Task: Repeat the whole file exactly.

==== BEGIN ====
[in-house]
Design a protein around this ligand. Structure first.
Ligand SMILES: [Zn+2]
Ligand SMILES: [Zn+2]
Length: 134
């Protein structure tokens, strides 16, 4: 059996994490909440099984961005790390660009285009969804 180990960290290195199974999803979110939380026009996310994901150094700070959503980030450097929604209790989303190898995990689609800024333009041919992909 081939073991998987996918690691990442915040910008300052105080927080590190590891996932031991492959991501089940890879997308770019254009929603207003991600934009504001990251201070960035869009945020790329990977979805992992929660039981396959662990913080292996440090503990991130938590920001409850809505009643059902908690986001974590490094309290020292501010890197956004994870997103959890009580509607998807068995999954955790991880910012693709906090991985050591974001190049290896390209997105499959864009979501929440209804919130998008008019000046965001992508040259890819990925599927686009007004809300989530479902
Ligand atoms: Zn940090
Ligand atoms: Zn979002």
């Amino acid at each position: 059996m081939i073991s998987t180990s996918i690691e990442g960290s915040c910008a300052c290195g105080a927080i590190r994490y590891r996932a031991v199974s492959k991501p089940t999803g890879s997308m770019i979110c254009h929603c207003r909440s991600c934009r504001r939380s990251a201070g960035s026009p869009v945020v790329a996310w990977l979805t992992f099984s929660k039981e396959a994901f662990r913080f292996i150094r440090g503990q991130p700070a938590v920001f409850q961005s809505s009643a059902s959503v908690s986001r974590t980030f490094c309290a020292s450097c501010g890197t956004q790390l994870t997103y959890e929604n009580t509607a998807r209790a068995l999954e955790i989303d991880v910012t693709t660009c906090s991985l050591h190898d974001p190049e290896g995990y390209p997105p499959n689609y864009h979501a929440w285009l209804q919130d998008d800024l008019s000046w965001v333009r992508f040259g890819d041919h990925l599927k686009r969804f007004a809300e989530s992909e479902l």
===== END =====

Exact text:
[in-house]
Design a protein around this ligand. Structure first.
Ligand SMILES: [Zn+2]
Ligand SMILES: [Zn+2]
Length: 134
């Protein structure tokens, strides 16, 4: 059996994490909440099984961005790390660009285009969804 180990960290290195199974999803979110939380026009996310994901150094700070959503980030450097929604209790989303190898995990689609800024333009041919992909 081939073991998987996918690691990442915040910008300052105080927080590190590891996932031991492959991501089940890879997308770019254009929603207003991600934009504001990251201070960035869009945020790329990977979805992992929660039981396959662990913080292996440090503990991130938590920001409850809505009643059902908690986001974590490094309290020292501010890197956004994870997103959890009580509607998807068995999954955790991880910012693709906090991985050591974001190049290896390209997105499959864009979501929440209804919130998008008019000046965001992508040259890819990925599927686009007004809300989530479902
Ligand atoms: Zn940090
Ligand atoms: Zn979002």
């Amino acid at each position: 059996m081939i073991s998987t180990s996918i690691e990442g960290s915040c910008a300052c290195g105080a927080i590190r994490y590891r996932a031991v199974s492959k991501p089940t999803g890879s997308m770019i979110c254009h929603c207003r909440s991600c934009r504001r939380s990251a201070g960035s026009p869009v945020v790329a996310w990977l979805t992992f099984s929660k039981e396959a994901f662990r913080f292996i150094r440090g503990q991130p700070a938590v920001f409850q961005s809505s009643a059902s959503v908690s986001r974590t980030f490094c309290a020292s450097c501010g890197t956004q790390l994870t997103y959890e929604n009580t509607a998807r209790a068995l999954e955790i989303d991880v910012t693709t660009c906090s991985l050591h190898d974001p190049e290896g995990y390209p997105p499959n689609y864009h979501a929440w285009l209804q919130d998008d800024l008019s000046w965001v333009r992508f040259g890819d041919h990925l599927k686009r969804f007004a809300e989530s992909e479902l």